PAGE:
Survey reveals SA teachers 'emotionally overwhelmed'
A recent report has revealed the extent to which teachers in South Africa are struggling to cope with the various demands put upon them in the classroom.
Teachers were interviewed for The Human Factor Report: Do Teachers in South Africa Make the Grade?
The report revealed that many teachers feel overwhelmed and often feel they must step into the role of a 'proxy parent'.
David Harrison, CEO of DG Murray Trust, who compiled the report joined Clement Manyatela on the Xolani Gwala show on Monday.
He explained how the HIV/AIDS epidemic has impacted the dynamics of South African classrooms.
We must remember that a lot of our children are growing up without parents, and so teachers find themselves both having to teach the children and, in many instances, having to parent the children.David Harrison, CEO - DG Murray Trust
Very often teachers feel overwhelmed. They feel like everybody is blaming them for what is going on but we must understand the immense load that they are confronted with.David Harrison, CEO - DG Murray Trust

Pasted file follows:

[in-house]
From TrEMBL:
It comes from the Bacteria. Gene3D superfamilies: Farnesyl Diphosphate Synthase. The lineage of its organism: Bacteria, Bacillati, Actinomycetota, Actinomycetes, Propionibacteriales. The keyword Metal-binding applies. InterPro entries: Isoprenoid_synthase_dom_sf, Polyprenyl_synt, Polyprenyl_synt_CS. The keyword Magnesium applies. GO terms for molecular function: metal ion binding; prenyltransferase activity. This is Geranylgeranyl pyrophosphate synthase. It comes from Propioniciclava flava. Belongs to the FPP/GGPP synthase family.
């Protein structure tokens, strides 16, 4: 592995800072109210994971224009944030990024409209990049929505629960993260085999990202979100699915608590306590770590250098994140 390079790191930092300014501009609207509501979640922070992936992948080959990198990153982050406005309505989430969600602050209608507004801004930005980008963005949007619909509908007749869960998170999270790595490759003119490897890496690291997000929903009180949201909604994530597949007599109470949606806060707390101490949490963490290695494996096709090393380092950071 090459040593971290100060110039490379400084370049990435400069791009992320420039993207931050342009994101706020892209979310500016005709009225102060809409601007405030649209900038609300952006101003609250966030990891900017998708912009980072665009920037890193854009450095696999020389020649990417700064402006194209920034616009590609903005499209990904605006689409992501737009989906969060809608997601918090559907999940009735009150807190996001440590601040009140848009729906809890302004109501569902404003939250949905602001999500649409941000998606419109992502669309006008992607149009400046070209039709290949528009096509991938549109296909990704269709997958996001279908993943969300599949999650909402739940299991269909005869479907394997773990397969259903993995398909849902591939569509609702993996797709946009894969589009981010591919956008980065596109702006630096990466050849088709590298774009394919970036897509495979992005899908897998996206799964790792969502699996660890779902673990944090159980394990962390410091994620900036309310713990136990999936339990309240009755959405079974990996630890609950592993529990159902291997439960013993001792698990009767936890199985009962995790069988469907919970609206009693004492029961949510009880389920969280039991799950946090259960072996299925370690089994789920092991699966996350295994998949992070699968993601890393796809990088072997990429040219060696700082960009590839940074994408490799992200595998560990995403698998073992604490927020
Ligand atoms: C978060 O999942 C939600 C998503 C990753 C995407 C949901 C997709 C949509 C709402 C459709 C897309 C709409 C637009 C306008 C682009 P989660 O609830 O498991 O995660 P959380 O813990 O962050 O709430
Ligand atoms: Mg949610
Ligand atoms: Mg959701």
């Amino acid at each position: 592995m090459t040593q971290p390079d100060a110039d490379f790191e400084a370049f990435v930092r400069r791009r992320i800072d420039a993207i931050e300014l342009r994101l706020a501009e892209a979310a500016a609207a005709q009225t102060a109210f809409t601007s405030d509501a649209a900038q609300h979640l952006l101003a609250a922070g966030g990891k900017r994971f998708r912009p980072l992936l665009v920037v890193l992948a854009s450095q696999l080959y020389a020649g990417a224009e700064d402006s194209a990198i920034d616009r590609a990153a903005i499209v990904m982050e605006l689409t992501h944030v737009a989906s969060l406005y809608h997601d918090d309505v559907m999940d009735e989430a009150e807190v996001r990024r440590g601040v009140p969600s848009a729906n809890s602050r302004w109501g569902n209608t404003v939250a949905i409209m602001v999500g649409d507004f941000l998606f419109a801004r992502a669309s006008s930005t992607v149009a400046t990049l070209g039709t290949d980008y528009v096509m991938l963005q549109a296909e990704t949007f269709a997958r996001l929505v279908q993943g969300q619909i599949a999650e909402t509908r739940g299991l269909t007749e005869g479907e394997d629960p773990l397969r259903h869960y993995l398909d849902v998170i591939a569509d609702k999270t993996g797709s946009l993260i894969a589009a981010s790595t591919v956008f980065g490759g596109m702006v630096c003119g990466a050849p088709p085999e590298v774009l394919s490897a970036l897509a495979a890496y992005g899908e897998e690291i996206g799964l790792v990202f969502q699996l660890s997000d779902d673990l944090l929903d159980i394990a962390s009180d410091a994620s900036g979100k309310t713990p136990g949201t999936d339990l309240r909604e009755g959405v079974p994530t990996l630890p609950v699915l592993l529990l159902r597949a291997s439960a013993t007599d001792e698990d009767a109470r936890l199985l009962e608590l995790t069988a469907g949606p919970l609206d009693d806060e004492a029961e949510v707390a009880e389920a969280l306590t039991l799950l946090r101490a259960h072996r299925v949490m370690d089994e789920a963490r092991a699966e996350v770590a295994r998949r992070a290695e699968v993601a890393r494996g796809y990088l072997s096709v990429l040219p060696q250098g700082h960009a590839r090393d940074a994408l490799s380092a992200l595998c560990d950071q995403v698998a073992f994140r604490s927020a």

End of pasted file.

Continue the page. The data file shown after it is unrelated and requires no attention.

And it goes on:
Harrison says teachers are not well equipped for the kind of problems they are faced with in schools.
Part of what we have to do as a country and the education system is to really look carefully at what we are expecting our teachers to do.David Harrison, CEO - DG Murray Trust
Because of the low results we are getting, we focus a lot on marks and we focus so much on trying to get the teachers have the skills to teach the children so that they can be better at school but we forget the whole emotional side of children and teachers themselves.David Harrison, CEO - DG Murray Trust
We need to review some of the things we regard as the major goals of education.David Harrison, CEO - DG Murray Trust
Harrison explains that teachers need support to be able to do their work as well as offering emotional support to children.
If we don't do it we are going to end with the type of situations we saw in schools in the last weeks.David Harrison, CEO - DG Murray Trust
I think we've made a mistake for the past 20 years where parents had the feeling that education starts at school, well it doesn't. Education starts the moment the baby is born.David Harrison, CEO - DG Murray Trust
To hear the rest of the conversation, listen below: